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How loud is too loud?

Discussion in 'Band Wagon' started by Arafel, Aug 13, 2020.

  1. tubelectron

    tubelectron Tele-Afflicted

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    How loud is too loud?

    For me - on stage (the Lefty Guy at the left, with hat) :

    [​IMG]

    1 - when I can't follow the rhythm, because it is covered by loudness and usually delayed by adverse stage resonances.

    2 - when I am dizzy from the excessive noise level due to the PA conducted by lousy/smoky/beery soundmens.

    3 - when I have problems to hear myself playing while I'm already playing loud by necessity.

    4 - when I can't hear the main tune and tune changes of the played song.

    When this occurs, I stop playing, thinking that it's preferable to mute than controlling nothing and being out of the played tune.

    When our conductor see me on stand-by, he understands that his personal feeling about something is already going wrong in the global loudness and balance is real, and must be corrected.

    Chris on Little Percussions, Sergio on Bass, and myself on Guitars are our conductor's "alerts launchers"... :D;)

    [​IMG]

    -tbln.
     
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  2. MilwMark

    MilwMark Doctor of Teleocity Ad Free Member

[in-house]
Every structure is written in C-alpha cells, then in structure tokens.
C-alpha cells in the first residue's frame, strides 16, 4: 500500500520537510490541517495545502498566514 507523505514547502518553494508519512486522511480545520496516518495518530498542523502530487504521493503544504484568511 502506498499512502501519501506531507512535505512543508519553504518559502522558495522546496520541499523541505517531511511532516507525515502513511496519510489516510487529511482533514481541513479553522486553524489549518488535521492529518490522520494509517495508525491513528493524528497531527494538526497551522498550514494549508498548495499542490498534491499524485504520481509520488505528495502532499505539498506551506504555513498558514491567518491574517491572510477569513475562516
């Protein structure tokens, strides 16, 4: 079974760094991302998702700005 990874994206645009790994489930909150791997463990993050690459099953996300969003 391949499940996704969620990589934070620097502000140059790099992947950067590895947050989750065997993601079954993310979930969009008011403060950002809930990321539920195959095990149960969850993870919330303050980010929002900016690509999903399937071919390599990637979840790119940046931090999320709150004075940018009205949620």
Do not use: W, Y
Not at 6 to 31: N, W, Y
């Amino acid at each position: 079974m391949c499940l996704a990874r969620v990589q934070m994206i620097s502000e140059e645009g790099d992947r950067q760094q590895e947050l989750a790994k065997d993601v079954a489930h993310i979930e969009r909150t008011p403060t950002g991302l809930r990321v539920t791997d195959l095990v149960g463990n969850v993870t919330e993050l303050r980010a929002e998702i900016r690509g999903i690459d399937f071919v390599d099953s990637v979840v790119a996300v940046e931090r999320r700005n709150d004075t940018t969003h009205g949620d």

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    Are you ok raising your voice to order? ​

    The hard part is at what volume do you perceive yourself needing plugs.

    There is middle ground for sure. Anything much over “wallpaper band” and I just wear plugs. Some
    folks mow the lawn without plugs but at that volume level indoors I wear them.
     
  3. tery

    tery Doctor of Teleocity

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    When it wakes the baby it is too loud .
     
  4. Jimclarke100

    Jimclarke100 Tele-Afflicted

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    Seems there are a number of “loads” being discussed here...
    My 2c:

    When playing for yourself at home then any volume that does not cause the neighbours or the wife distress is fine - just watch out for your hearing.

    When playing out there are two things to think about: stage volume / mix and front of house volume.